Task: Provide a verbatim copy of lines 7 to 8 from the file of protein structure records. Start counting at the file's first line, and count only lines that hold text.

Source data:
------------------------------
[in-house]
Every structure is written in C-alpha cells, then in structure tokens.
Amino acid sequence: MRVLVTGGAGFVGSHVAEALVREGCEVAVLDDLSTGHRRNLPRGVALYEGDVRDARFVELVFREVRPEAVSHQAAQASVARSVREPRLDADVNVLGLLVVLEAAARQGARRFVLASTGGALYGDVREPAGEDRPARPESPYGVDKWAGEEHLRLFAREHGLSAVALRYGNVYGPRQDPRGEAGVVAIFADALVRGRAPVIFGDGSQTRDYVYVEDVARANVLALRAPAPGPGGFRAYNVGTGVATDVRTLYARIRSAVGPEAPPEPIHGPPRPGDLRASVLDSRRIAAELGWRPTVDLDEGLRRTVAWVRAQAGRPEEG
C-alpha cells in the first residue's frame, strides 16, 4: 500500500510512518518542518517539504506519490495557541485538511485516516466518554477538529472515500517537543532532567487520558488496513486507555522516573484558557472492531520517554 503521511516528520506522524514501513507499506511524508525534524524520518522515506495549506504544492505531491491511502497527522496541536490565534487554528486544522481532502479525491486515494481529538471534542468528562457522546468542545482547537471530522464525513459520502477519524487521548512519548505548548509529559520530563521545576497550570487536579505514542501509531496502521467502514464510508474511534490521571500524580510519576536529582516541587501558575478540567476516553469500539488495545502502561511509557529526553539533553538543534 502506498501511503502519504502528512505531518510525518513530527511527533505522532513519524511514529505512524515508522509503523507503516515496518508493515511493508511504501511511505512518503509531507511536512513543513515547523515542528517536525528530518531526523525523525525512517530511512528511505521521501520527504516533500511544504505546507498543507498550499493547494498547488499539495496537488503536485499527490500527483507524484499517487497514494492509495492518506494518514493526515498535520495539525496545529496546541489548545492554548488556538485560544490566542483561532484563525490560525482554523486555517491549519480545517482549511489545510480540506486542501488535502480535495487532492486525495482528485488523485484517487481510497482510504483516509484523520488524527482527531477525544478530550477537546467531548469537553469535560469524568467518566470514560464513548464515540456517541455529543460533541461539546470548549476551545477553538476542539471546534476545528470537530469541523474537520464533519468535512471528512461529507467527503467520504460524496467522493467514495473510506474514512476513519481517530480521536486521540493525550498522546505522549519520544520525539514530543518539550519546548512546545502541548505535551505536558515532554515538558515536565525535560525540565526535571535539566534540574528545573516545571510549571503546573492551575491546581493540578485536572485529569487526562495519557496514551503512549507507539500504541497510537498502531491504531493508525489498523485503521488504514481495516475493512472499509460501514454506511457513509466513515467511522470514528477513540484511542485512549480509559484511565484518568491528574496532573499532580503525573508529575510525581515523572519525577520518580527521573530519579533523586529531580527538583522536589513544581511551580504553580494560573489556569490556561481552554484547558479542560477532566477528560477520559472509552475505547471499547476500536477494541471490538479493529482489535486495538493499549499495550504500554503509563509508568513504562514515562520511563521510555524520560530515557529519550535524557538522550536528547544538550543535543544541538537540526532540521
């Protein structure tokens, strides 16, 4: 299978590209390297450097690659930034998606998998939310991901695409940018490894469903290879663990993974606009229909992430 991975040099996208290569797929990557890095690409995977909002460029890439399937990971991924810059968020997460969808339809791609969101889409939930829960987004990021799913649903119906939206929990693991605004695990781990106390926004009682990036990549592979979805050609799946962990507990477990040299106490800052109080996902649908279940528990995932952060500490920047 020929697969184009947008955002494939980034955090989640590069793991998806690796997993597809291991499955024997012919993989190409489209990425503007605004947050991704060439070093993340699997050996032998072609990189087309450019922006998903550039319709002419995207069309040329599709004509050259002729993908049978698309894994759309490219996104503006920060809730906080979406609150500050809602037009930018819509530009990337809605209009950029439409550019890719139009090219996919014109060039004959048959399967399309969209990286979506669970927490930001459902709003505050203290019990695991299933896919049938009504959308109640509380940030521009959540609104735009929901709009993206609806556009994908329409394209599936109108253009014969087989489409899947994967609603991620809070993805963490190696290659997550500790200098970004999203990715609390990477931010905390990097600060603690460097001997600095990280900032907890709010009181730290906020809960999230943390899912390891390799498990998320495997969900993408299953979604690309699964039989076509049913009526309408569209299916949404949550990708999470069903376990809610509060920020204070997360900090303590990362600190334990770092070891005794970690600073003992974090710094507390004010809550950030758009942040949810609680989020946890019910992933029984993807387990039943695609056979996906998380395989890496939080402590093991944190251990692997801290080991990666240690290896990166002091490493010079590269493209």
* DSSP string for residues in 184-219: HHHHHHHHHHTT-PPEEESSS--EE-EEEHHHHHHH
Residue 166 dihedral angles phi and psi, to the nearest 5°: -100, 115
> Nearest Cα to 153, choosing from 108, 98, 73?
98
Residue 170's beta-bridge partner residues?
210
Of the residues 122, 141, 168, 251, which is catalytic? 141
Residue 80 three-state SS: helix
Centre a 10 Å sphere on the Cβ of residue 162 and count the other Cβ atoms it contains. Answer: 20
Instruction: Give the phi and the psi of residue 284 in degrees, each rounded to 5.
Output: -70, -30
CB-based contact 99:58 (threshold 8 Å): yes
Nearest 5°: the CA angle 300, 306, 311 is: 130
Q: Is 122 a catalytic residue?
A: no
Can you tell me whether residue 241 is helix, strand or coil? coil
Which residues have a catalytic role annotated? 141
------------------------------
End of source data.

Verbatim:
Residue 166 dihedral angles phi and psi, to the nearest 5°: -100, 115
> Nearest Cα to 153, choosing from 108, 98, 73?